SWORD IN THE DESERT. Universal Pictures, 1949. Dana Andrews, Märta Torén, Stephen McNally, Jeff Chandler. Director: George Sherman.

   Sword in the Desert marked Jeff Chandler’s first appearance in a war movie, a film about Jewish resistance fighters during the final days of British rule in Mandatory Palestine. The movie premiered in New York City on April 23, 1949. It remains a milestone both in Chandler’s then still burgeoning screen career and in representations of Israeli national identity, with one observer going so far as to label Sword in the Desert the first within a new American film genre, “the Israeli Film.” The latter would be replicated in American cinema with Edward Dymytrk’s The Juggler (1953) and with the formidable screen presence of Paul Newman as Ari Ben Canaan in Otto Preminger’s commercially and critically successful Exodus (1960).

   Although Chandler was not top billed in Sword in the Desert, the film nevertheless demonstrated his natural ability in portraying gruff and laconic men toughened by war and by circumstance, characters faced with numerous obstacles and constrained by difficult choices.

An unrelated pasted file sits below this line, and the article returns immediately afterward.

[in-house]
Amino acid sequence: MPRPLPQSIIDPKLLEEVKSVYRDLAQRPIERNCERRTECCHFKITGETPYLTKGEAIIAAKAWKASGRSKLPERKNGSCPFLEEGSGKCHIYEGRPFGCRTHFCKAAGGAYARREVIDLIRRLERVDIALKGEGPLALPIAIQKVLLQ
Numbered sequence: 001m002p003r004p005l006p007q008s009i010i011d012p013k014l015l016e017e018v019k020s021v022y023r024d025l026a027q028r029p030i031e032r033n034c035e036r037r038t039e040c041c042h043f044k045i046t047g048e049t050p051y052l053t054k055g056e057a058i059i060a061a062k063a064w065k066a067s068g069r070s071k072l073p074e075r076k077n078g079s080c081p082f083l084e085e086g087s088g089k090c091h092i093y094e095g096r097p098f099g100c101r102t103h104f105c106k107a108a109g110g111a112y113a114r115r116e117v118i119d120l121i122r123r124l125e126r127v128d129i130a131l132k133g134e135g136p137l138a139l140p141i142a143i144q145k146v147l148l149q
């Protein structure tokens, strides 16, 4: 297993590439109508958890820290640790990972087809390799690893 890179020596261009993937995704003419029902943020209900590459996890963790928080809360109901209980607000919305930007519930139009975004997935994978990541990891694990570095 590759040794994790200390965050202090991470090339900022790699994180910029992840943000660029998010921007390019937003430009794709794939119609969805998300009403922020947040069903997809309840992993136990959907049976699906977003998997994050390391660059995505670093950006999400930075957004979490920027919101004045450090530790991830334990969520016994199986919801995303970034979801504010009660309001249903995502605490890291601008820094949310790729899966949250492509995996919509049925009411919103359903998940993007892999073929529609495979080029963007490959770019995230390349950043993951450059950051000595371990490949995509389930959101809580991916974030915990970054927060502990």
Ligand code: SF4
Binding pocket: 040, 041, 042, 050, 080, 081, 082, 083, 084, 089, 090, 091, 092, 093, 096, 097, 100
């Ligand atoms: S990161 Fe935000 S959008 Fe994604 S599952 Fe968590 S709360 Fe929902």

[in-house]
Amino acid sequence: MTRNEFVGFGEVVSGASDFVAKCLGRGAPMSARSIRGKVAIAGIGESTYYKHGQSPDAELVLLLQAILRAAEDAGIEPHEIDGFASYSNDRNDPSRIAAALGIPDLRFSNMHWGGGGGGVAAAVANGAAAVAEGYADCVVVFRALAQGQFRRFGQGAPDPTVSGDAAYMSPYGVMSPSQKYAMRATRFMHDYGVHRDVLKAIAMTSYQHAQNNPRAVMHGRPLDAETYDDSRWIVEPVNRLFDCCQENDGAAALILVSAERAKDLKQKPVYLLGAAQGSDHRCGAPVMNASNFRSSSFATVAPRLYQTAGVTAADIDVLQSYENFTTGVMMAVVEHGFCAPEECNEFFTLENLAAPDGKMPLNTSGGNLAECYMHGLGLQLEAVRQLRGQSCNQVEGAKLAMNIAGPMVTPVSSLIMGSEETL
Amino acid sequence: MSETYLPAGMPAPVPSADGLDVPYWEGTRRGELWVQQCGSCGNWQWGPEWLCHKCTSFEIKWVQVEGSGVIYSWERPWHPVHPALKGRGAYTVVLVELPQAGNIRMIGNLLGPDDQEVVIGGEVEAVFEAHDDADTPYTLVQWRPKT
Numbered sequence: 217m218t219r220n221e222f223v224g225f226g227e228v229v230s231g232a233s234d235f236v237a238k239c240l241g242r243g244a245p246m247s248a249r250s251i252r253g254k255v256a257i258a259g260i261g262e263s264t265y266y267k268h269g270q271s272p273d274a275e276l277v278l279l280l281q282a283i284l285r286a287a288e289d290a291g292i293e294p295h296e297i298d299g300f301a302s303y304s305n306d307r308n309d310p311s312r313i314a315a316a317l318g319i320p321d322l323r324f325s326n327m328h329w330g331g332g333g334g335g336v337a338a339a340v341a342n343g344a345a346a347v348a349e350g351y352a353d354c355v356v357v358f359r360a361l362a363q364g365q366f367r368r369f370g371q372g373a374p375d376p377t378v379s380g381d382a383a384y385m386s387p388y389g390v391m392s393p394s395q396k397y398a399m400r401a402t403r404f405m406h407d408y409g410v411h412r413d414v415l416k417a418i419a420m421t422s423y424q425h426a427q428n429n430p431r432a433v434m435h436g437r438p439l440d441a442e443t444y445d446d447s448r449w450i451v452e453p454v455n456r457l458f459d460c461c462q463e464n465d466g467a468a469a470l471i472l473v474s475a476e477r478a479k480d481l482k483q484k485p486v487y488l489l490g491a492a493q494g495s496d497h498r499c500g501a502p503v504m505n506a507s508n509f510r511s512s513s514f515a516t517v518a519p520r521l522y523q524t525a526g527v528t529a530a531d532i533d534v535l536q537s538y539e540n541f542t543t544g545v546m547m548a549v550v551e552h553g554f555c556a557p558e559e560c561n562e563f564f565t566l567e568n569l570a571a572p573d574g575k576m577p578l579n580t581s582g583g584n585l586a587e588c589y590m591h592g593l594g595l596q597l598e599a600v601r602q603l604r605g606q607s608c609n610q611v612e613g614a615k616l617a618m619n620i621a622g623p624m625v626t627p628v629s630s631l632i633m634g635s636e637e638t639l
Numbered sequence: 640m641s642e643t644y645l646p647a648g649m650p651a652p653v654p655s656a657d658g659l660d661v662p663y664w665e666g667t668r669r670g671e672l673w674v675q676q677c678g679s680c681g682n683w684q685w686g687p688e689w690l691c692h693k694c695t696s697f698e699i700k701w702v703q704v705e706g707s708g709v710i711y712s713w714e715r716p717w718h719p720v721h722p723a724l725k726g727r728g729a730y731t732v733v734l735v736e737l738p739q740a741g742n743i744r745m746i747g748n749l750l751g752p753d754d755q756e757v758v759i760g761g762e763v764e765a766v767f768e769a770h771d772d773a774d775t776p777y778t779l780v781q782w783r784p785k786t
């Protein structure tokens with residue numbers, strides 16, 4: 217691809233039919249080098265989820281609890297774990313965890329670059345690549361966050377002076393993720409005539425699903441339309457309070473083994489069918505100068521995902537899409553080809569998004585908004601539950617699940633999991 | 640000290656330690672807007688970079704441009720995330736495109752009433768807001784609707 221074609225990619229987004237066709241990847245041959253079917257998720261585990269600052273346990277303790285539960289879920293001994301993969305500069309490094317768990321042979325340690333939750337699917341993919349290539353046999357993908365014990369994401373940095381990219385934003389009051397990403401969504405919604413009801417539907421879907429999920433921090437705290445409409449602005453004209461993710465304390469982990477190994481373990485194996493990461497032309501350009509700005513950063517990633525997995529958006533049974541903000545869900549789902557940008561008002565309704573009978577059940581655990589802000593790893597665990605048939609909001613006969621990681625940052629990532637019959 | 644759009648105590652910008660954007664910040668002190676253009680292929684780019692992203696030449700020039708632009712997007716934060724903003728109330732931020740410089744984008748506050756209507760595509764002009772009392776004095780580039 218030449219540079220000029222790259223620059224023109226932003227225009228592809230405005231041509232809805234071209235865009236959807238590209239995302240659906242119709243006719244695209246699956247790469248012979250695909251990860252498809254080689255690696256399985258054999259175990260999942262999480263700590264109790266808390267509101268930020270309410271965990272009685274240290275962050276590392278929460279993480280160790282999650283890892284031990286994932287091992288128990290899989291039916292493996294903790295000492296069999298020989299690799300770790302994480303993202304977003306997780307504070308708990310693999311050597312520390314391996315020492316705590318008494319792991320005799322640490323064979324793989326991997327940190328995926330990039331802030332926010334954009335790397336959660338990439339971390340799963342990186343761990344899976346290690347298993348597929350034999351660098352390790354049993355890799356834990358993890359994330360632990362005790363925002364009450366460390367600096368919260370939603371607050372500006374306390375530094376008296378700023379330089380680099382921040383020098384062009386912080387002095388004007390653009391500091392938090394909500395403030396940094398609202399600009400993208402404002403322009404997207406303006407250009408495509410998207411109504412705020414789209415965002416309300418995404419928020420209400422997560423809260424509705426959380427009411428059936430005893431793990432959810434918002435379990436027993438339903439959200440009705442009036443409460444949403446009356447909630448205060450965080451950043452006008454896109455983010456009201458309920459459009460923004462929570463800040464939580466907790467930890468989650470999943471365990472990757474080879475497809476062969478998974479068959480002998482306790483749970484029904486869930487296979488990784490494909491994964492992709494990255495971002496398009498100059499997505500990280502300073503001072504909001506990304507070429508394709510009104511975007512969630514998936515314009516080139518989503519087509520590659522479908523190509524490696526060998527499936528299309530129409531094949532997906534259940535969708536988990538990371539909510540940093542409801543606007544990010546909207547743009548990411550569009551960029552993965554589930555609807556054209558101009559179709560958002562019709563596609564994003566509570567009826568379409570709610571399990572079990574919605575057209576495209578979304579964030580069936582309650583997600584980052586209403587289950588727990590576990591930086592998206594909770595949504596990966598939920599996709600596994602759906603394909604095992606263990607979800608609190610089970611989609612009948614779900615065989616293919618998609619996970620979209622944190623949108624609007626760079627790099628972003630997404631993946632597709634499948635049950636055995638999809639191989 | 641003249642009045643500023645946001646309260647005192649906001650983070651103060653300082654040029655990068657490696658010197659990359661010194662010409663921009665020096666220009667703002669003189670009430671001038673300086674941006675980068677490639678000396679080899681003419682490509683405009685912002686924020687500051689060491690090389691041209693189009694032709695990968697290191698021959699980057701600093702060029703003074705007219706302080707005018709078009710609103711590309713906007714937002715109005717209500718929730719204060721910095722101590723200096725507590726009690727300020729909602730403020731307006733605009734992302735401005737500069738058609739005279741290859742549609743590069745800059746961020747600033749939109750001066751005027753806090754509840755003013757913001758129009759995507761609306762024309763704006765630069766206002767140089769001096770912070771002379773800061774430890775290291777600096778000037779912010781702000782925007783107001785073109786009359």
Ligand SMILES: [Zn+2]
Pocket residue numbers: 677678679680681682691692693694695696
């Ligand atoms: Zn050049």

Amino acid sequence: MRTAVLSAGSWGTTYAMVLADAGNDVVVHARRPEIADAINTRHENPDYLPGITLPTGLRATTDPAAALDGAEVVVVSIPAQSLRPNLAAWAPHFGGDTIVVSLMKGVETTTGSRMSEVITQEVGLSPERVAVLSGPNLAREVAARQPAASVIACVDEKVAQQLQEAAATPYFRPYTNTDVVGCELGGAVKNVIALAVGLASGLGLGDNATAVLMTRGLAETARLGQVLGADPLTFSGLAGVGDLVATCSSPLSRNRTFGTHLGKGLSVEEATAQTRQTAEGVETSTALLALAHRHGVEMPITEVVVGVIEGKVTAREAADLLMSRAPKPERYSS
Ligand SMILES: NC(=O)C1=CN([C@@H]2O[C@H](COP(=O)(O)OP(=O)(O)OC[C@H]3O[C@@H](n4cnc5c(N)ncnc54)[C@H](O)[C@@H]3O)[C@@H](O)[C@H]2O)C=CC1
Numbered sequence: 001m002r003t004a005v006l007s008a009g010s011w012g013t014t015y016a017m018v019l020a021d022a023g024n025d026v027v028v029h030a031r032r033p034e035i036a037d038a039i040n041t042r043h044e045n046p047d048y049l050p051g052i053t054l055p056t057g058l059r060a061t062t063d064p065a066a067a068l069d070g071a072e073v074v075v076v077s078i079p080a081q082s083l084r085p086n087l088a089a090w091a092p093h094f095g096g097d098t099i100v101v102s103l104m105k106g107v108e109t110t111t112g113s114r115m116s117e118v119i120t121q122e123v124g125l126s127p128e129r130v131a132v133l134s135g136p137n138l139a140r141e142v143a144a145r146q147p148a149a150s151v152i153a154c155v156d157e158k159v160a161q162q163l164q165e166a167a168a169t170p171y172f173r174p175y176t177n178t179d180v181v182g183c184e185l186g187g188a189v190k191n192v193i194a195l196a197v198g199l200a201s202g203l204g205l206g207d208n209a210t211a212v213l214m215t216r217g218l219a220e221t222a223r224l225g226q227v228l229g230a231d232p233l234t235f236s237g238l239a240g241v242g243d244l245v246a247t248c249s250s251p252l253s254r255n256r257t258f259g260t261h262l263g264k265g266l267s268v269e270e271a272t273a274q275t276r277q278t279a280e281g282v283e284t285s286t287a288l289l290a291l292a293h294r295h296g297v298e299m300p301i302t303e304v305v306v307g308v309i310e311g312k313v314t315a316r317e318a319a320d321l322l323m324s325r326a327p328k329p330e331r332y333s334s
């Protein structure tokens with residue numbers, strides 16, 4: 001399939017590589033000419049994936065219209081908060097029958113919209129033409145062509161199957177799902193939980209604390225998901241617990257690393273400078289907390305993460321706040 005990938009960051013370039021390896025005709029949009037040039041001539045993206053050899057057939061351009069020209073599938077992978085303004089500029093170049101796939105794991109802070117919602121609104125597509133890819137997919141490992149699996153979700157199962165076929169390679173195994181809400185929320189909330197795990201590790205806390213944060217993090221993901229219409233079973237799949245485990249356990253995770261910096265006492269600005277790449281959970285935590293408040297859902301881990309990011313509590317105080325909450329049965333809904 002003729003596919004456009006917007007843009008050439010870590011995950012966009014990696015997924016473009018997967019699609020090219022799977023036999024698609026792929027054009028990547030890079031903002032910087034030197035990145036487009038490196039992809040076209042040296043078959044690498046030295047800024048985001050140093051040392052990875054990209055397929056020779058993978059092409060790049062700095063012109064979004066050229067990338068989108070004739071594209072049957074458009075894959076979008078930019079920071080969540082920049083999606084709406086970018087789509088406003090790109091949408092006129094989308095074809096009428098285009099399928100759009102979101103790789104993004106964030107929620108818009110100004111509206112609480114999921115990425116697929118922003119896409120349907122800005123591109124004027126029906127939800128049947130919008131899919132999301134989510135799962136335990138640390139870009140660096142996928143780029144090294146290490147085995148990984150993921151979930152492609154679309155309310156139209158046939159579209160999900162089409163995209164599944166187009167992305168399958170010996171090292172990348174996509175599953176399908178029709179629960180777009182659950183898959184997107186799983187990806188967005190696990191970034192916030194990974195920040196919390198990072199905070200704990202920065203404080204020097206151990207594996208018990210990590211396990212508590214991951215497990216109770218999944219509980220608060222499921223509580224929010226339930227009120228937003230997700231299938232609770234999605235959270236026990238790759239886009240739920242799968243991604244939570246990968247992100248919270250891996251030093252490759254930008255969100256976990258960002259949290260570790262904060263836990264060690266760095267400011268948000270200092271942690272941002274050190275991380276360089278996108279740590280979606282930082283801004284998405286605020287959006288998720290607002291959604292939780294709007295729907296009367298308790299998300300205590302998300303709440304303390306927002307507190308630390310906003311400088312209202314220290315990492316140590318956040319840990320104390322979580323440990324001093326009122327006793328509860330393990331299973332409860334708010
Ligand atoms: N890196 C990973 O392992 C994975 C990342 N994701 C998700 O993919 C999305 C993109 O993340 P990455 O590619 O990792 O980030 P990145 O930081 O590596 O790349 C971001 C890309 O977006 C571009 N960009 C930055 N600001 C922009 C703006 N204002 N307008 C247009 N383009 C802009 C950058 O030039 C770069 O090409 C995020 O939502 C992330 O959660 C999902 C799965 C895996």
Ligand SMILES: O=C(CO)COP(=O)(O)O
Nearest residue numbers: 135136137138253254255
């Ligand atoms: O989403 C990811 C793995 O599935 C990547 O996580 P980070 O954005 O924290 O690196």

Directed by George Sherman (1908-1991), who later worked with Chandler in two competently directed, but altogether undistinguished, Westerns, The Battle at Apache Pass (1952) and War Arrow (1953), Sword in the Desert is a quixotic and unevenly constructed war film set both chronologically and geographically on the margins of the Second World War. Although most definitely a war film, Sword in the Desert is as much a character study and a compelling drama as an action-packed epic about two opposing factions fighting over the same land.

   With a script and production by Robert Buckner, known primarily for his work at Warner Brothers in the 1930s and early 1940s, the movie follows the path, both literally and metaphorically, of Irish-American freighter captain, Mike Dillon (Dana Andrews), the nominal protagonist.